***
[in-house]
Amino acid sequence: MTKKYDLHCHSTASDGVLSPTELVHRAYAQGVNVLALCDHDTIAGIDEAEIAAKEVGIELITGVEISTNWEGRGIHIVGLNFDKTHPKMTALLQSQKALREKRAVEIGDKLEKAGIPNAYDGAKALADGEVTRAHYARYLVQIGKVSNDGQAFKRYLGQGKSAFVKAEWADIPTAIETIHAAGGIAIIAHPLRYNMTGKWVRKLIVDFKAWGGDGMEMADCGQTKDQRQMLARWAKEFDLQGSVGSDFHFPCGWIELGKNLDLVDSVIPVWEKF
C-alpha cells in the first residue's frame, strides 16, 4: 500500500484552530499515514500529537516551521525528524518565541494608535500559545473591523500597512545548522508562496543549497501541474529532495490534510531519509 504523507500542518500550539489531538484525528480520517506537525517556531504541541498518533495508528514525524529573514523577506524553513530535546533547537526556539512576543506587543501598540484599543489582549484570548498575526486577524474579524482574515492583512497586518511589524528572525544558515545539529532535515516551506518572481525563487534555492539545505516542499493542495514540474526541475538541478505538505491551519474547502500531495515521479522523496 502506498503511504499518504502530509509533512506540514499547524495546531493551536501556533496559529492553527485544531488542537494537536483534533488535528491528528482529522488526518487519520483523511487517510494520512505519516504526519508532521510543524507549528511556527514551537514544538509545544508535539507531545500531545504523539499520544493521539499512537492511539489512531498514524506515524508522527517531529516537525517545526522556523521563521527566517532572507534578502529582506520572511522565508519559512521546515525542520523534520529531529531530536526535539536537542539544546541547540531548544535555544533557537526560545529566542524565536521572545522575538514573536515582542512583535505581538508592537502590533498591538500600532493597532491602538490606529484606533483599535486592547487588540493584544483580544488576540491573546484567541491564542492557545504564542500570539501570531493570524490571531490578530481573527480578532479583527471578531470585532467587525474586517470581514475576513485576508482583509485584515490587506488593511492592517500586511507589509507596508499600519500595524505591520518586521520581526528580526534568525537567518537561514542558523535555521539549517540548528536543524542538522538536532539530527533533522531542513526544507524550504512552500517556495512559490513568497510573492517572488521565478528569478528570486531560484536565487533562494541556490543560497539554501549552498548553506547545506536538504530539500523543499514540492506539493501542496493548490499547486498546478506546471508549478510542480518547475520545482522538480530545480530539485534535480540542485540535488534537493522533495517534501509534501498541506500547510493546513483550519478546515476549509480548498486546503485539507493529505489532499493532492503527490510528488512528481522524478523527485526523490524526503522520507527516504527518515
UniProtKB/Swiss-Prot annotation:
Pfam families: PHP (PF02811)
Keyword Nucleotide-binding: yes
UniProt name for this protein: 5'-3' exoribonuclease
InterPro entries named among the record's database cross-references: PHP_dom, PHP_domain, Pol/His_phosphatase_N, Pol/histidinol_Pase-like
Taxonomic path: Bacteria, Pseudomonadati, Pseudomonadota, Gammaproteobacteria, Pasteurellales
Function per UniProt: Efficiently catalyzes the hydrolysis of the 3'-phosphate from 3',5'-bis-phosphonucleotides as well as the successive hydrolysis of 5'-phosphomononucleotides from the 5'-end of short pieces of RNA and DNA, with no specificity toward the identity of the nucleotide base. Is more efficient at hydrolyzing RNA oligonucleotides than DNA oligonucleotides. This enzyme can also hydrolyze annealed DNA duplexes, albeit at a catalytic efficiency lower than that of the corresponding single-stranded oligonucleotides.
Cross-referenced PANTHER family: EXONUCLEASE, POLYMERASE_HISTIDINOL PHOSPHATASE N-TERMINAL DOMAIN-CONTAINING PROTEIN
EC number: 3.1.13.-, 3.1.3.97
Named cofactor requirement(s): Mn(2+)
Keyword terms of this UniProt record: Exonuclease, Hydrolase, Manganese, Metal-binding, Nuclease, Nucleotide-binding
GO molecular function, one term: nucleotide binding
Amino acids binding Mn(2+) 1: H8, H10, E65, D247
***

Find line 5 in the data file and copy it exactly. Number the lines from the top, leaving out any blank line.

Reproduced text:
Pfam families: PHP (PF02811)